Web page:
Willful Negligence At Camp Lejeune?

212

Jimmy Fontella perused the files on his computer with casual interest. They were packed onto a DVD from the Agency for Toxic Substances and Disease Registry (ATSDR). Jimmy was searching for documentation concerning carcinogens released during the contamination of the environment at Camp Lejeune.

Suddenly something jumped out at Jimmy that really caught his eye. A report indicated that more than 800,000 gallons of fuel had been recorded as having leaked from underground fuel tanks but only 500,000 gallons were recovered by the contractor hired to remediate the fuel loss. Jimmy quickly called his friend and colleague, Jerry Ensminger and they conferred on this discovery.

Jerry has campaigned long and hard to get to the bottom of this contamination issue since losing his little girl, Janey, to Leukemia in 1985. Jerry contacted those interested parties in Congress and the press who have been following the Camp Lejeune contamination situation and the story broke into the news, creating a ground swell of outrage among those 150,000 veterans and family members who have been made ill as a result of exposure to contamination.

No longer were the denial and obfuscation tactics of the Department of the Navy (DON) going to have any measure of credibility. Scientists from the ATSDR had provided, finally, proof positive that the contamination, and type of contamination, was far worse than anyone could have imagined.

But that is not the end of the story. The same scientists at ATSDR also came across the existence of an electronic “portal” that contained numerous documents and reports relating to the leaking tanks and the fuel contamination aboard the base. The odd thing about this electronic “portal” is that a user ID and password was needed to access these files. Scientists thought that this was odd considering the fact that the files were supposed to be in the public domain. Further scrutiny of these files revealed that the magnitude of the fuel losses was never communicated to either the ATSDR or the public.

The legal and moral significance of this negligence did not escape all at the time. The Senior Attorney for Camp Lejeune wrote a letter in March 1988 to the Commanding General stating that he had recently attended a meeting where the Base Environmental Engineer had reported losses of 1,500 gallons of fuel being lost into the ground per month due to leaks in the system. The attorney was concerned about the health impact of such a large amount of contamination and felt obligated to express his concerns.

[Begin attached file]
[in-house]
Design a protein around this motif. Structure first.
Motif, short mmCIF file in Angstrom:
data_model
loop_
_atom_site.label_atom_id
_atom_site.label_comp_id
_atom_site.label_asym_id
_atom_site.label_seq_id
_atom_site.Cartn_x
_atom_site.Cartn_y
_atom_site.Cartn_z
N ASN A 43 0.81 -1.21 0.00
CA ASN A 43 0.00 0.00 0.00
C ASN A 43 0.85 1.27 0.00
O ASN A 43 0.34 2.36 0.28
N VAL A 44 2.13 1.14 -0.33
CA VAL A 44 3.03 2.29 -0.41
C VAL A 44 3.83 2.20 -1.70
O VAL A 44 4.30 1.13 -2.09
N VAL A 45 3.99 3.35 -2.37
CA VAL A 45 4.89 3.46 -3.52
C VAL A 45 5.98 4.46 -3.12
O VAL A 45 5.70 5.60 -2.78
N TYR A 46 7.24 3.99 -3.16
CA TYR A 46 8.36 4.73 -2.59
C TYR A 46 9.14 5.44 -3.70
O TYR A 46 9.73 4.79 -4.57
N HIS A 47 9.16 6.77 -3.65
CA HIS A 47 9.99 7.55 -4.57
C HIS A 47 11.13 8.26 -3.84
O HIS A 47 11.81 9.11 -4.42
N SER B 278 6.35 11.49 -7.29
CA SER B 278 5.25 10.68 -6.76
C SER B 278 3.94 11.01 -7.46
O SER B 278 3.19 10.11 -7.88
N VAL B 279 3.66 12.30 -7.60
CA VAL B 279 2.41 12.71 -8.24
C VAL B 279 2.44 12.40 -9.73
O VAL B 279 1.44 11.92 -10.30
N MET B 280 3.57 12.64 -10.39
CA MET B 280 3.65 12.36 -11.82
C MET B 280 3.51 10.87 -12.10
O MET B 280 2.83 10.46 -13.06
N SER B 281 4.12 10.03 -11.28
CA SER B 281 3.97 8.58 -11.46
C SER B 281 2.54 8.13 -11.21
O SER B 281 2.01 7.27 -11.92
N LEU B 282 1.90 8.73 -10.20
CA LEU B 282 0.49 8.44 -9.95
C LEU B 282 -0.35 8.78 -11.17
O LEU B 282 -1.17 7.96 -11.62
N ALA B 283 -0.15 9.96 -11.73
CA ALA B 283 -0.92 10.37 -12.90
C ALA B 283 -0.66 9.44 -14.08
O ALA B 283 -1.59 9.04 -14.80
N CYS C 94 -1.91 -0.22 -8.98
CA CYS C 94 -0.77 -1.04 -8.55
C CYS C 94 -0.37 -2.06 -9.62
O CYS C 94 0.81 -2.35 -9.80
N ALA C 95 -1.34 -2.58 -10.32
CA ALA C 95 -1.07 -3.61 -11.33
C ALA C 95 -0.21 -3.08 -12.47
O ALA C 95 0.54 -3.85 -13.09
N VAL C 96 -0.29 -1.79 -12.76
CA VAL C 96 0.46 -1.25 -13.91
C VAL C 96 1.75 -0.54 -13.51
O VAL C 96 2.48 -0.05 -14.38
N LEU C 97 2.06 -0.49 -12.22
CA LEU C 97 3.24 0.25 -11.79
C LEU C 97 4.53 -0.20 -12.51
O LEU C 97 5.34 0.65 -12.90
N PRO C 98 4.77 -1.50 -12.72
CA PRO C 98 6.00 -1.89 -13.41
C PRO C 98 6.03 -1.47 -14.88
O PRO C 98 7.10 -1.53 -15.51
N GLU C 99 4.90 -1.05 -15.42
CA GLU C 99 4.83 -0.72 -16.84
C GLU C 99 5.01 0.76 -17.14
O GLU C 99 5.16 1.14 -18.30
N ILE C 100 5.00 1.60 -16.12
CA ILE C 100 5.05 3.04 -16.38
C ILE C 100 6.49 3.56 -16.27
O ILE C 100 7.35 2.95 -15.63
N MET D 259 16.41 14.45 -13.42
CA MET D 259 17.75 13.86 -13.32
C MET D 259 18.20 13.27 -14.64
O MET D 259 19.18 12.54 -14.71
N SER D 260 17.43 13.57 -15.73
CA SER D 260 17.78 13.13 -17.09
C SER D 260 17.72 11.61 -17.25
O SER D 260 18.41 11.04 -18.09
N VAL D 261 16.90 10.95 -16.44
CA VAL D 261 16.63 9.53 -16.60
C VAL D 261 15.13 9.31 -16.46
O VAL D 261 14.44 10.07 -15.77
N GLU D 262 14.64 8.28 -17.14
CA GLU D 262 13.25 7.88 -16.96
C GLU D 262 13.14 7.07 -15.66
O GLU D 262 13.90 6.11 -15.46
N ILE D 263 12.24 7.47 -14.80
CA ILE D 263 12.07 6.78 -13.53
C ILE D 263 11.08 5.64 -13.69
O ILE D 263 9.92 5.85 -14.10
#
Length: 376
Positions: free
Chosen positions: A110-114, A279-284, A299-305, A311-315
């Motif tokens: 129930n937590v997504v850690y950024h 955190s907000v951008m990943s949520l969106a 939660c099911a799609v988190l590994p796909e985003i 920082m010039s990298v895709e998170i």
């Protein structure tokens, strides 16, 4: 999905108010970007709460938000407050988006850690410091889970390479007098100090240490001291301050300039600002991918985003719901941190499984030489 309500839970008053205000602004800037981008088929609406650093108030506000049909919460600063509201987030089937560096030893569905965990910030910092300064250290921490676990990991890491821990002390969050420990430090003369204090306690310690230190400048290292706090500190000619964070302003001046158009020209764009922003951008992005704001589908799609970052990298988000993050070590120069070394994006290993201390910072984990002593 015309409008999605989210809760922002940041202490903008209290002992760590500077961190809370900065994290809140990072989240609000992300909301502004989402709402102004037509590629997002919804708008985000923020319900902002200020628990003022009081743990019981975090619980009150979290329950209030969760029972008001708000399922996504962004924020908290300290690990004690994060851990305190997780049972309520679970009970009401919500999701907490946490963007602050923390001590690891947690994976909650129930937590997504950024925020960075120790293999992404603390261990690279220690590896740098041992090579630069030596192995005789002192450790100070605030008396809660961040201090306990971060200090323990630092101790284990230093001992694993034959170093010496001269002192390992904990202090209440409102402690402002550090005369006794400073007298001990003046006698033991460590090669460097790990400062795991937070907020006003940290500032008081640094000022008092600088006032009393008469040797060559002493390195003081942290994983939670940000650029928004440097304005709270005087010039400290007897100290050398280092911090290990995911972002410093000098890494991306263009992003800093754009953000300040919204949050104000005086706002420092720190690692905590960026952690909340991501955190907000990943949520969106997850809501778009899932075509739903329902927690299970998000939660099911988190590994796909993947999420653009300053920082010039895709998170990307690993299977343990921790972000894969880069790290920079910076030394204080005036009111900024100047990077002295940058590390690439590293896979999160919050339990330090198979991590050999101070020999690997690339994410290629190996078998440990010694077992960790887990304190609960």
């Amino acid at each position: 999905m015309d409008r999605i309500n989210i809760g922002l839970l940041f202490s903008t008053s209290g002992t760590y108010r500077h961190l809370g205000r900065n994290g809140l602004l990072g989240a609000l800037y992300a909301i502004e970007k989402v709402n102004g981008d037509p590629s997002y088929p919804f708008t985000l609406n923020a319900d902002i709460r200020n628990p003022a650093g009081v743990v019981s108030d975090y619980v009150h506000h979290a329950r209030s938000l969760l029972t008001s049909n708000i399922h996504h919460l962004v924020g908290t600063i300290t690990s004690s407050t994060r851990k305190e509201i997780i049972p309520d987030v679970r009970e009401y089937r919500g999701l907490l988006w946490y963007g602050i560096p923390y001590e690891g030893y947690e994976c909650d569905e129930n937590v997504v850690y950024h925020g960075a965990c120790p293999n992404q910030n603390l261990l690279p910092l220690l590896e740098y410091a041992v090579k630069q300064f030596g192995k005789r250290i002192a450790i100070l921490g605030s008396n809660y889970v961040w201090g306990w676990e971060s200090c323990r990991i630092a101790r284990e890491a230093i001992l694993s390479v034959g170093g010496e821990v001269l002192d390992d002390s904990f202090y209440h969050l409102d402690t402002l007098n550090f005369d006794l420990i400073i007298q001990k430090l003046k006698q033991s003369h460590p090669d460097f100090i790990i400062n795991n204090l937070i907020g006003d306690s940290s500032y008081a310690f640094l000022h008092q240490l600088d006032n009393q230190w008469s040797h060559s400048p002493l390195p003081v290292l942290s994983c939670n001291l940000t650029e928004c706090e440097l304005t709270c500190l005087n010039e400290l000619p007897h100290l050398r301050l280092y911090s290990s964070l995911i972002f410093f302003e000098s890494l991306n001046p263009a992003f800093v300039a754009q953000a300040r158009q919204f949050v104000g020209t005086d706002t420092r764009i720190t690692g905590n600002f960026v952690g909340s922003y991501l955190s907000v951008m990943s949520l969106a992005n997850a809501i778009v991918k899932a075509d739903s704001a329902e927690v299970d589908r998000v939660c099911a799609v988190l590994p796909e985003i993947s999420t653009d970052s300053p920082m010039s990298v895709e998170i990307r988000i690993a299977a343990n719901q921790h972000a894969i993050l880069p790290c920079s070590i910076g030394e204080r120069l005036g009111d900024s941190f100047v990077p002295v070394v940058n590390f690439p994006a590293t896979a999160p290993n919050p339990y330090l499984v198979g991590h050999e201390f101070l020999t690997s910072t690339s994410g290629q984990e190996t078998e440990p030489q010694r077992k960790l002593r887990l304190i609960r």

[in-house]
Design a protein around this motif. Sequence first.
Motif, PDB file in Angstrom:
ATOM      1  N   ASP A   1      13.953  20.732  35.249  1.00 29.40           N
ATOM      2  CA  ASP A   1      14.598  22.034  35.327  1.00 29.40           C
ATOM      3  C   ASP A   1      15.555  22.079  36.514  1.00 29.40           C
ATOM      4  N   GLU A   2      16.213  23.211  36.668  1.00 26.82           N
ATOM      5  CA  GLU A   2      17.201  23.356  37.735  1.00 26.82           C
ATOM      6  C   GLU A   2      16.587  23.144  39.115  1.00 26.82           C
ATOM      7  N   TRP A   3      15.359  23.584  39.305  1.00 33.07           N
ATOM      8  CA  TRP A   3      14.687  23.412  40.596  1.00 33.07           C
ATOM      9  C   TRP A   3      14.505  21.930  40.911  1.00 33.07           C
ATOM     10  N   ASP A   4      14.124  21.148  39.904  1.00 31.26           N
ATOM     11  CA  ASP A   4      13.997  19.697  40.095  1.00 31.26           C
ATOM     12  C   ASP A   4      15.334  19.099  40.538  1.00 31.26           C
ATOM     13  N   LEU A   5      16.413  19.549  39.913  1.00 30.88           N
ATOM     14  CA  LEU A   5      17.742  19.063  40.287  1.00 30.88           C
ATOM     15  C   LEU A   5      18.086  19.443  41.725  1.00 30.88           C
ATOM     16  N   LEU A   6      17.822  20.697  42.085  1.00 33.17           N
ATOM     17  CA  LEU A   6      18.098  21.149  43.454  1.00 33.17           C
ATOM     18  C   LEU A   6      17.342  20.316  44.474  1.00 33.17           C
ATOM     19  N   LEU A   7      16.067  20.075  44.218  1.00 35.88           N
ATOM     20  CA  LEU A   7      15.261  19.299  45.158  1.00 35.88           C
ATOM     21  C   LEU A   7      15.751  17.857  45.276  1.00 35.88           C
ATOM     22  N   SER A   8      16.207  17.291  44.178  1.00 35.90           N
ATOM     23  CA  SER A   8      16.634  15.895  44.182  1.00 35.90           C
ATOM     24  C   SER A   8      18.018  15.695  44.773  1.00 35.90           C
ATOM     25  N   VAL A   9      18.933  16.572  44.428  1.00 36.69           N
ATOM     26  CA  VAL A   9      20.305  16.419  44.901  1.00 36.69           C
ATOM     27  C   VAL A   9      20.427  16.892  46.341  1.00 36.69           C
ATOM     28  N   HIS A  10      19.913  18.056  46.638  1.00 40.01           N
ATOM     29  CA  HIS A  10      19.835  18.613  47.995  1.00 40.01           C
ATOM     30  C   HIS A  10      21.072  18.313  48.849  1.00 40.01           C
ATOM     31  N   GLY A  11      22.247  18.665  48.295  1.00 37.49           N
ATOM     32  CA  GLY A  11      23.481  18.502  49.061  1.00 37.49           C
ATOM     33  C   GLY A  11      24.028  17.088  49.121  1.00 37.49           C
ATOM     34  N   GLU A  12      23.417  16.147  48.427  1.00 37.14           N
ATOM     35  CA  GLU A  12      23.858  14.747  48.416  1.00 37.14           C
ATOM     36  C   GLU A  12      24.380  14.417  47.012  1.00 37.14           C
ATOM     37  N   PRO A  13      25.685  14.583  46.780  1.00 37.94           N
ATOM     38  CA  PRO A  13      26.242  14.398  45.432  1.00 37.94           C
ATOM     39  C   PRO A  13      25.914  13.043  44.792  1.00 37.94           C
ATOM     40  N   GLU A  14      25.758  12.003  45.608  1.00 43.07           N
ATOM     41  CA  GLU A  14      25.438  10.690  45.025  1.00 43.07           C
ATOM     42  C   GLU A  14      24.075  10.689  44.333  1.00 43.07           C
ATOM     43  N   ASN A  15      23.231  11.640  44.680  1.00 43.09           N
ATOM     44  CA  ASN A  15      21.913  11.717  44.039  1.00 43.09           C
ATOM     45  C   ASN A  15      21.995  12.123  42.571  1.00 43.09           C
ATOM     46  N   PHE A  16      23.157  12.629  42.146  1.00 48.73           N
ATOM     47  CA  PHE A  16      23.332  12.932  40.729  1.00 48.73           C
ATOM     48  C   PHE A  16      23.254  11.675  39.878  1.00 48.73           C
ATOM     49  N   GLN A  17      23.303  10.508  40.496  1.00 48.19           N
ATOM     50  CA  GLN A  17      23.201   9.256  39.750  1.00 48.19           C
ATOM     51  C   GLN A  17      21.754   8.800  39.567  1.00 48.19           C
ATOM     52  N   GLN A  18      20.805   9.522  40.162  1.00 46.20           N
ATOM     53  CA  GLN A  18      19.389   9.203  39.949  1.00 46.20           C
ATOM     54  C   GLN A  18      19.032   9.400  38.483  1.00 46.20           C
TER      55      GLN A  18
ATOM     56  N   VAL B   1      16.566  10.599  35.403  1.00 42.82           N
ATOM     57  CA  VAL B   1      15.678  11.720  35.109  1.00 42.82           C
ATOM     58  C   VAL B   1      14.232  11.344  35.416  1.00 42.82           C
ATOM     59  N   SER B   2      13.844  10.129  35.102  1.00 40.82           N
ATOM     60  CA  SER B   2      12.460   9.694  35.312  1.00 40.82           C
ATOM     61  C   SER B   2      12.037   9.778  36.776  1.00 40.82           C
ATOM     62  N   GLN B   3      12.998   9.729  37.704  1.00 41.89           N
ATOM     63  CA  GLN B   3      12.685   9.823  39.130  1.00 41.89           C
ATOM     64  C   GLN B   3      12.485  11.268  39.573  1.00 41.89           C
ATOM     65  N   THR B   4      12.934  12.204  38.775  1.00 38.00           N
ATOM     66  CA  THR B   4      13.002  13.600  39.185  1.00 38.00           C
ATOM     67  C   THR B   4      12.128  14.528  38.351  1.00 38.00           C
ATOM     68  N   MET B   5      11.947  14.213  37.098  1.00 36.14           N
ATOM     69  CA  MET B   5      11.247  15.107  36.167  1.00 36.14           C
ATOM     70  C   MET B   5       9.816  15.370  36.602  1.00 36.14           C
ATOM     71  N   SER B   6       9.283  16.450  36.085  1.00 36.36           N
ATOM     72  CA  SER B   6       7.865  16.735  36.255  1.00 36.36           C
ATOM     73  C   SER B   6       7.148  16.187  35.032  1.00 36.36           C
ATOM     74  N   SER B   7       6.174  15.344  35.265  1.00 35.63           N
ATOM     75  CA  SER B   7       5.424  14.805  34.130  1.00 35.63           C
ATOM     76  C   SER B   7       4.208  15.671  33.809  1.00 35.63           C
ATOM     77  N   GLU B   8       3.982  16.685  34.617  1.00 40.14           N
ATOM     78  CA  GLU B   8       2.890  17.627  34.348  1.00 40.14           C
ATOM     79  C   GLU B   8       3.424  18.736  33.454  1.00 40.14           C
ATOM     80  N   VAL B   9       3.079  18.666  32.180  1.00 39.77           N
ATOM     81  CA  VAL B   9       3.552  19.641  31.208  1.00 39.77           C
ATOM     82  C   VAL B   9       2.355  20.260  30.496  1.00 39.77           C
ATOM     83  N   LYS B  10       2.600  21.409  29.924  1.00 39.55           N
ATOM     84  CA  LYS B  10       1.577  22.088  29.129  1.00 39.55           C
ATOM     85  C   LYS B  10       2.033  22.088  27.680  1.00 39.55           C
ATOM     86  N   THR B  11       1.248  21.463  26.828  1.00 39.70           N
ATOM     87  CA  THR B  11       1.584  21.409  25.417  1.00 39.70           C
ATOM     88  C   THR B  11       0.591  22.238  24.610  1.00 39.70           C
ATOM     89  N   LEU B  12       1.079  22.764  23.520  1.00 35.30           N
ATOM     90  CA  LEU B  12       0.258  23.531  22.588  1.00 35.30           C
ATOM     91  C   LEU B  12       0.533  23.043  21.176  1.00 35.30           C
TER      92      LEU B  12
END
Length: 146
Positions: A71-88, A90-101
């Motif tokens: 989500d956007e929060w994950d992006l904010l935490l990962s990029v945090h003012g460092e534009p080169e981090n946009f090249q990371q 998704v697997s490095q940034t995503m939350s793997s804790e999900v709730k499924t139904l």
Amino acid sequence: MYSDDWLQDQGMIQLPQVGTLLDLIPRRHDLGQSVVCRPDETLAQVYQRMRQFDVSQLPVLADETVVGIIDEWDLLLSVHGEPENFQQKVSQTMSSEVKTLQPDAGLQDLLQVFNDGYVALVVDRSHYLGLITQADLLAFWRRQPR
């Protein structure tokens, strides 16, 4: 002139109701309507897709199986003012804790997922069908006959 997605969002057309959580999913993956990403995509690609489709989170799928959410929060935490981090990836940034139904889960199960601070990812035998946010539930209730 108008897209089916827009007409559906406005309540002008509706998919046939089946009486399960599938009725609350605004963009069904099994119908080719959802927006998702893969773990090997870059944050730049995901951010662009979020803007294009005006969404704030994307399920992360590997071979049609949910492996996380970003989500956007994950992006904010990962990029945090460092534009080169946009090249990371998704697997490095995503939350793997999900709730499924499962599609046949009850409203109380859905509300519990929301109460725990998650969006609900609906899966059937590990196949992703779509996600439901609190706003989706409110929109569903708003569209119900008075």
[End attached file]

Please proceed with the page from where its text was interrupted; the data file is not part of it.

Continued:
At the same time this letter was written, an engineering contractor was studying the fuel leaks and potential contamination in order to assess the possibility of recovering the leaked fuel. The contractor’s final report was issued in December of 1988 and within that report was a mention of “known” fuel losses.

The losses reported earlier in the year by the Base Environmental Engineer of 1,500 gallons per month had not been made available to the contractor and were consequently not included as part of the study. On the surface it appears that the DON even withheld that information from a contractor hired to study fuel spill remediation!

With ATSDR access to this electronic “portal” as part of their congressionally mandated studies, it is anticipated that more detailed documentation on this matter will be available to the public and to those veterans and family members living with the horrible consequences of exposure to contamination. Finally, our poisoned patriots will be able to know how badly they have been poisoned and, as a result of ATSDR studies, may be able to learn of any future illnesses that can be expected from such extreme exposure to known carcinogens.

Withholding such information from a population of sick Americans is willful negligence. Veterans and family members have died while this information was locked away in an electronic “portal”. Every day, 150,000 ill veterans and family members fight a terrible array of sickness bought to their door by contamination exposure. Many of these illnesses are cancers or similar illnesses that carry the best chance of defeat if caught in the early stages. By locking away the true extent of contamination, these chances have been taken away from our brave veterans and family members.

The final word on this article comes from the Russian writer and Nobel Prize winner Aleksandr Isayevich Solzhenitsyn:

How can you expect a man who’s warm to understand one who’s cold?

A disabling encounter with prostate and brain cancer put David Bedworth in a situation where he could not work and had limited abilities as a result of treatment. However, brain surgery stimulated a long dormant creative surge in literature, music and poetry. He contributed to The Student Operated Press and collaborated with his sister on a collection of illustrated poems. He also worked with a group of ill veterans and family members who were exposed to contaminants at the Marine Corps Base at Camp Lejeune, North Carolina. Sadly, he passed away, but his work remains, reminding us of the man he was.